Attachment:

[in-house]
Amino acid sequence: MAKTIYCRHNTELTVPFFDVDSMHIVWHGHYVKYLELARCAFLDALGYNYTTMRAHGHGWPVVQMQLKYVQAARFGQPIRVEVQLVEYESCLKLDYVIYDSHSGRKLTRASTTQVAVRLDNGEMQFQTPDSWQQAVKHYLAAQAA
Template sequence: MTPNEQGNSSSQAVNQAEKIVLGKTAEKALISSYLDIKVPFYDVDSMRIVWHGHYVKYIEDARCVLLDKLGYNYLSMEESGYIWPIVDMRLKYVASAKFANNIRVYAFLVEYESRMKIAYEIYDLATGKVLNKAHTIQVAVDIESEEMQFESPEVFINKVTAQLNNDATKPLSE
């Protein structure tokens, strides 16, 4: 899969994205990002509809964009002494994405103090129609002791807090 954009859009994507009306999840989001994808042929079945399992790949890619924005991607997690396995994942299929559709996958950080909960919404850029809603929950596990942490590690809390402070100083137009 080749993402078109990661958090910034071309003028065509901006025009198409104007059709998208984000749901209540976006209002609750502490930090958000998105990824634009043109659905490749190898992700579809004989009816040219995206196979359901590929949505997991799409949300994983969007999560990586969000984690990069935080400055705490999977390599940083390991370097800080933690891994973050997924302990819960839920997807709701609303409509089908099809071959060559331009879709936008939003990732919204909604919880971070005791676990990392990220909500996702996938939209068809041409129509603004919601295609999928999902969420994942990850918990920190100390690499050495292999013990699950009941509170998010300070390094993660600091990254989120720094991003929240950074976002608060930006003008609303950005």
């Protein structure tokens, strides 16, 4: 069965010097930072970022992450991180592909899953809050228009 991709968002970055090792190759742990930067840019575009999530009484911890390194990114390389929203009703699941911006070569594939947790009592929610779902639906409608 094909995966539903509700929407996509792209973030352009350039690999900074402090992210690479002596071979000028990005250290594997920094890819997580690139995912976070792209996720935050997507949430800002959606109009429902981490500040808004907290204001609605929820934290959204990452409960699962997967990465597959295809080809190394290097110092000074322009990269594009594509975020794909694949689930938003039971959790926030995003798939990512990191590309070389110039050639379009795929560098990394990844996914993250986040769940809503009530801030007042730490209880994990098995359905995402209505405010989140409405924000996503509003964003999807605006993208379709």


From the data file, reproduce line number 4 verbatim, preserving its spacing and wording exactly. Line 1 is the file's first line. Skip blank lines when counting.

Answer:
């Protein structure tokens, strides 16, 4: 899969994205990002509809964009002494994405103090129609002791807090 954009859009994507009306999840989001994808042929079945399992790949890619924005991607997690396995994942299929559709996958950080909960919404850029809603929950596990942490590690809390402070100083137009 080749993402078109990661958090910034071309003028065509901006025009198409104007059709998208984000749901209540976006209002609750502490930090958000998105990824634009043109659905490749190898992700579809004989009816040219995206196979359901590929949505997991799409949300994983969007999560990586969000984690990069935080400055705490999977390599940083390991370097800080933690891994973050997924302990819960839920997807709701609303409509089908099809071959060559331009879709936008939003990732919204909604919880971070005791676990990392990220909500996702996938939209068809041409129509603004919601295609999928999902969420994942990850918990920190100390690499050495292999013990699950009941509170998010300070390094993660600091990254989120720094991003929240950074976002608060930006003008609303950005």